TONI: So, I just, you know, [LAUGHS] grabbed my pepper spray – I’m in pajamas with my housecoat, and I go running out in the front yard and I’m like cussing and screaming and going okay, “Come out you chicken.” [LAUGHS]

TRICIA: You can say it here – we don’t have any FCC rules, so say whatever you’d like, my dear, okay? [LAUGHS]

TONI: [LAUGHS] But, anyway, so of course he didn’t come out, so then I ran in the room and I got Steve and I kind of de-emasculated him, saying, “You get out there and you get this guy [LAUGHS] …

TRICIA: Oh, poor guy. My gosh.

TONI: I know, poor thing. I know everybody tells me I’m so mean.


TONI: And, so, you know – he was trying to calm me down. He told me to call the police. So, I called the sheriffs and they said that they were on their way and they said, “Promise me, Toni, you will not leave the house – we’re going to try to come in with a dog.” I said, “Great. I promise I won’t leave the house.” Well, five seconds after I got off the phone I told Steve, “I’m going out there – I’ve had it. I’m going to catch this guy.” [LAUGHS]

TRICIA: Oh, dear.

TONI: I was so angry. I was really angry. He said, “You promised them not to go out.” I said, “I’m going out” and he goes, “No, no. You stay here – I’ll go out.” So, he grabs the pepper spray [LAUGHS] and he walks out and he almost pepper sprays the sheriff. It was horrible.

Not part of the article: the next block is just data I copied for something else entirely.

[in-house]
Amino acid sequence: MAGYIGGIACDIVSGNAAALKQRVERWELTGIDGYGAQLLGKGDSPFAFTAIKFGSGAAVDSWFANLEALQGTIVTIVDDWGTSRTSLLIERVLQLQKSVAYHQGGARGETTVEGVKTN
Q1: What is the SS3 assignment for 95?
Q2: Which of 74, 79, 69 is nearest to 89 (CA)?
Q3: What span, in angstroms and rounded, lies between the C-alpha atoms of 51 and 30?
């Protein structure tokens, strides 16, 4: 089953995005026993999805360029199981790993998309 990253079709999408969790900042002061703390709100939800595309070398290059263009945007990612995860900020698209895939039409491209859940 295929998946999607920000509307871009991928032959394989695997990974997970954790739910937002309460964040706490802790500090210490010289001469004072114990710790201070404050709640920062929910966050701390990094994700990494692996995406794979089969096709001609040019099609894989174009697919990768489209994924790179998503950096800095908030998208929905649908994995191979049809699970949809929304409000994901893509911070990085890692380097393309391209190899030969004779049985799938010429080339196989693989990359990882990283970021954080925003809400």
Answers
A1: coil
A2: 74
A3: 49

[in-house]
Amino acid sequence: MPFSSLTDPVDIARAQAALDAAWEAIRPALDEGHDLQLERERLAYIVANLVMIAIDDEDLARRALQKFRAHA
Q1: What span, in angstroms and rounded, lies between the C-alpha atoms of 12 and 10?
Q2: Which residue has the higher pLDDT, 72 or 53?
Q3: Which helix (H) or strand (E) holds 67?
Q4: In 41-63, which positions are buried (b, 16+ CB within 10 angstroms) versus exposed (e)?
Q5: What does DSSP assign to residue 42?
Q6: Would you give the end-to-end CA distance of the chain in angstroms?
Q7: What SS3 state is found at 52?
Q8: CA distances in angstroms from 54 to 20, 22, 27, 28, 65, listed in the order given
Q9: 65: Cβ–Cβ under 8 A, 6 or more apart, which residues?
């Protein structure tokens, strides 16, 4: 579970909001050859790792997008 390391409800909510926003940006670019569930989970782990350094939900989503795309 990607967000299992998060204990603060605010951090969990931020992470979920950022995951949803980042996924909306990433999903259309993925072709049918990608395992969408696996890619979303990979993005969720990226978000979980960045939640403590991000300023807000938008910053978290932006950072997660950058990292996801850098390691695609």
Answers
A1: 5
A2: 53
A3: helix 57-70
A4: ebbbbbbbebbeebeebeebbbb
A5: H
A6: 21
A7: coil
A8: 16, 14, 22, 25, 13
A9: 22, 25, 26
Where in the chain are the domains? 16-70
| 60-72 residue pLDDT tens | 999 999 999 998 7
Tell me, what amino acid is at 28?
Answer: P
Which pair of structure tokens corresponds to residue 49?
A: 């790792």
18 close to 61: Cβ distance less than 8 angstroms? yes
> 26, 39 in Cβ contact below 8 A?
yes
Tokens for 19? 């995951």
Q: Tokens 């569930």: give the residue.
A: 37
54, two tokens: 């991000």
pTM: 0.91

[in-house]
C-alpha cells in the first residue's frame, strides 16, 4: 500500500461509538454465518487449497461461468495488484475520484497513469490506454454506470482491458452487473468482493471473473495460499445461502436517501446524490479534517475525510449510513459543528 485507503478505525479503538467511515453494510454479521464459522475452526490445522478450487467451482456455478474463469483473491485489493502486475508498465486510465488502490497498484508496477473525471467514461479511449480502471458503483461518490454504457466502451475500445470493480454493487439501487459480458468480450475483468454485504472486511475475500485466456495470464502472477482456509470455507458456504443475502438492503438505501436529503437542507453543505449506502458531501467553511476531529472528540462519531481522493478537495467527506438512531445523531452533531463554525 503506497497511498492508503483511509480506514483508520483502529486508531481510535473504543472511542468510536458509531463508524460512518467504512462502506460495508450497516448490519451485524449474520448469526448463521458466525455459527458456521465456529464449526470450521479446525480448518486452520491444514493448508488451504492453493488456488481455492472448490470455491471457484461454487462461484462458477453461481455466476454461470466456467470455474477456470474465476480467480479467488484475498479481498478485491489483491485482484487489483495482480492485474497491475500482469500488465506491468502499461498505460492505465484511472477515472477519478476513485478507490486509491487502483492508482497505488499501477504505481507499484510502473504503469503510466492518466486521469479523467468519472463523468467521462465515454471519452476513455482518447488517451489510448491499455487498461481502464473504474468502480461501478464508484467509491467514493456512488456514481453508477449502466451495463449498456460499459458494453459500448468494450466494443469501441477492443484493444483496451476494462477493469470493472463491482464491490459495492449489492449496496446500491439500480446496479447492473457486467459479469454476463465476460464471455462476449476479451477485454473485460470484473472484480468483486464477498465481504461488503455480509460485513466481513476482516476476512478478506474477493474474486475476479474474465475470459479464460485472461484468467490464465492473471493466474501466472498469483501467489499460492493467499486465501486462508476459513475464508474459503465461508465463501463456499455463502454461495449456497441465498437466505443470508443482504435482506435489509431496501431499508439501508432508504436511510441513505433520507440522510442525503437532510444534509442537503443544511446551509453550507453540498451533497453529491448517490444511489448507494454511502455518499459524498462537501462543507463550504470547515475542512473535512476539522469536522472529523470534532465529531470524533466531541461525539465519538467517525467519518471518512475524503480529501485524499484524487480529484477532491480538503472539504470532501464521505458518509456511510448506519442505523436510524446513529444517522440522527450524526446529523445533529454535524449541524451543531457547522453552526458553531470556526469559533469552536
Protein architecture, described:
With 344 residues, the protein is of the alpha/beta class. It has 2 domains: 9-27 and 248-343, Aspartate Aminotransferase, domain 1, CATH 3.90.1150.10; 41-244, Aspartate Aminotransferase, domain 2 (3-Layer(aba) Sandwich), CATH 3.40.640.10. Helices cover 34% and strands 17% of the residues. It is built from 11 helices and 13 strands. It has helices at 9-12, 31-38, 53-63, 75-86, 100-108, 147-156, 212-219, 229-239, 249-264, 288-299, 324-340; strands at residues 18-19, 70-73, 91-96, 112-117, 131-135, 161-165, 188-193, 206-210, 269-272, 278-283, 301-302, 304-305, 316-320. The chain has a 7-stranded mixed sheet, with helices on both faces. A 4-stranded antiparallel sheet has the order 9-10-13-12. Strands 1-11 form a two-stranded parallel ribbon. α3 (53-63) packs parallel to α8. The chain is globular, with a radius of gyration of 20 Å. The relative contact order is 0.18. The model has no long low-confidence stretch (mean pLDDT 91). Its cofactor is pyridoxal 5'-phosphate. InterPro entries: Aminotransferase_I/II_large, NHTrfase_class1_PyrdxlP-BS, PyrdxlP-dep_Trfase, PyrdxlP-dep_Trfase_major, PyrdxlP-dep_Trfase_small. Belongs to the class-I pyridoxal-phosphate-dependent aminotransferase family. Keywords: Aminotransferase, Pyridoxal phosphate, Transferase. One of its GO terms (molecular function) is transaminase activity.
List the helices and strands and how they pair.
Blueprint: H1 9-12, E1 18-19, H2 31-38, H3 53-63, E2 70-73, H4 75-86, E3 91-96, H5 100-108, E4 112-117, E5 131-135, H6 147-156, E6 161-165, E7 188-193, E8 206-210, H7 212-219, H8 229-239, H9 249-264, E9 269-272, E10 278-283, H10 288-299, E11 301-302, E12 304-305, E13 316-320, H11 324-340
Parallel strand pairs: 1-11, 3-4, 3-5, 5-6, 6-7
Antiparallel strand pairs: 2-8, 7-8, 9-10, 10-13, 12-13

TONI: But, they came in – this was the closest they ever came to catching this guy. They came in with four sheriffs, four different directions, and they came in fast, really, really fast. No dog, but the sheriffs came in, and they tromped right over to that house, three houses down that they were thinking at this point in time, after coming out so many times, that this was where it was coming from. And, so they surrounded the house, knocked on the door, knocked on the door, knocked on the door, and knocked on the door and for the longest time – and I stayed in the house, I wasn’t allowed out – and my next door neighbor was out and she was listening and calling me on the cell phone and, finally, the B person came to the door and she said that the K person was sleeping [LAUGHS], even though it was just after 10 – it was between 10 and 10:30 at night ….